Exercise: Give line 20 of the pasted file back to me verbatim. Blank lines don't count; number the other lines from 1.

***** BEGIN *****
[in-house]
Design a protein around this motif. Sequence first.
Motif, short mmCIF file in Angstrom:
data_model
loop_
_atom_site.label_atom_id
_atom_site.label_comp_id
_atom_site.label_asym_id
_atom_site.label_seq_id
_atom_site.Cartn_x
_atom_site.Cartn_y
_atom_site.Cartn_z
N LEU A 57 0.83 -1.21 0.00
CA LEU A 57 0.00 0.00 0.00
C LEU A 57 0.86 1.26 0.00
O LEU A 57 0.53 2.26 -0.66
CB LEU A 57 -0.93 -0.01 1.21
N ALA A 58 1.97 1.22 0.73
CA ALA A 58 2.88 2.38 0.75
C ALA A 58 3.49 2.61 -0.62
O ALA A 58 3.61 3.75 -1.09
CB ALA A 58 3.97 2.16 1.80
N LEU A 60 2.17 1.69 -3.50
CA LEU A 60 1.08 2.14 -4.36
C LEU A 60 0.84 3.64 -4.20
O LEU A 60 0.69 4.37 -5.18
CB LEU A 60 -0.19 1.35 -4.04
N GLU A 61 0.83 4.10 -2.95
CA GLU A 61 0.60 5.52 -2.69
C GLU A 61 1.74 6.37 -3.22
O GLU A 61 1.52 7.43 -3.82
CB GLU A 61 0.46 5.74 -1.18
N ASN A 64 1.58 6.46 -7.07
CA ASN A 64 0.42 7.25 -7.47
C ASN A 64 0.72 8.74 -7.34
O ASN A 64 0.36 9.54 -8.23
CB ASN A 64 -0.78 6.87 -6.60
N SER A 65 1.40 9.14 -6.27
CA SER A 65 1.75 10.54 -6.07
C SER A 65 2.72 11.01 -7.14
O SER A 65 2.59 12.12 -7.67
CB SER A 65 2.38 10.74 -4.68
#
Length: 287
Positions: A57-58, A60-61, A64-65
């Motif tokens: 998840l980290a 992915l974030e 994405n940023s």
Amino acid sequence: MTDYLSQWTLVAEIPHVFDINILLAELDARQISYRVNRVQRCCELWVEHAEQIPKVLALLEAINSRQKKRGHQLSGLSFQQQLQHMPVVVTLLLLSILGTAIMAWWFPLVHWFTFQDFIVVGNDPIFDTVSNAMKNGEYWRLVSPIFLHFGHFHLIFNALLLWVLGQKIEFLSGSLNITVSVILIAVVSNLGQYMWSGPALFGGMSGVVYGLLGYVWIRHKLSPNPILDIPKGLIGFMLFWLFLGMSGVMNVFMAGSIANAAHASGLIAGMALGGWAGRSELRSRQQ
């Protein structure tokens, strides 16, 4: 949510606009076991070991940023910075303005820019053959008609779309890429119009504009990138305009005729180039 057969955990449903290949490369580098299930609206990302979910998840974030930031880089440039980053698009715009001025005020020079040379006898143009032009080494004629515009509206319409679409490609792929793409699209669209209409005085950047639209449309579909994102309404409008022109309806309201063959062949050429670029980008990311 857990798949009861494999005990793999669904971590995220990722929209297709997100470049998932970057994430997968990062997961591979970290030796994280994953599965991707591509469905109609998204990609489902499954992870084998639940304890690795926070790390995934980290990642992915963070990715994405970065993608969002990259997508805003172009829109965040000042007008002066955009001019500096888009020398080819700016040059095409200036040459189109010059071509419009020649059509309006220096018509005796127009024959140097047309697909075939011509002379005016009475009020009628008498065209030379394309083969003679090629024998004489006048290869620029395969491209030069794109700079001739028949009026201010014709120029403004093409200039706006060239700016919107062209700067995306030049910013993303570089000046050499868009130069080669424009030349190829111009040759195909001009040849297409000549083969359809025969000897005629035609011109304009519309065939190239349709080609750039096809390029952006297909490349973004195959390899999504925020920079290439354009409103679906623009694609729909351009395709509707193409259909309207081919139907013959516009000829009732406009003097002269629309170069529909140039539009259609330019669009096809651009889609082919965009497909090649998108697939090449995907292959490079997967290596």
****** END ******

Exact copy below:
C ALA A 58 3.49 2.61 -0.62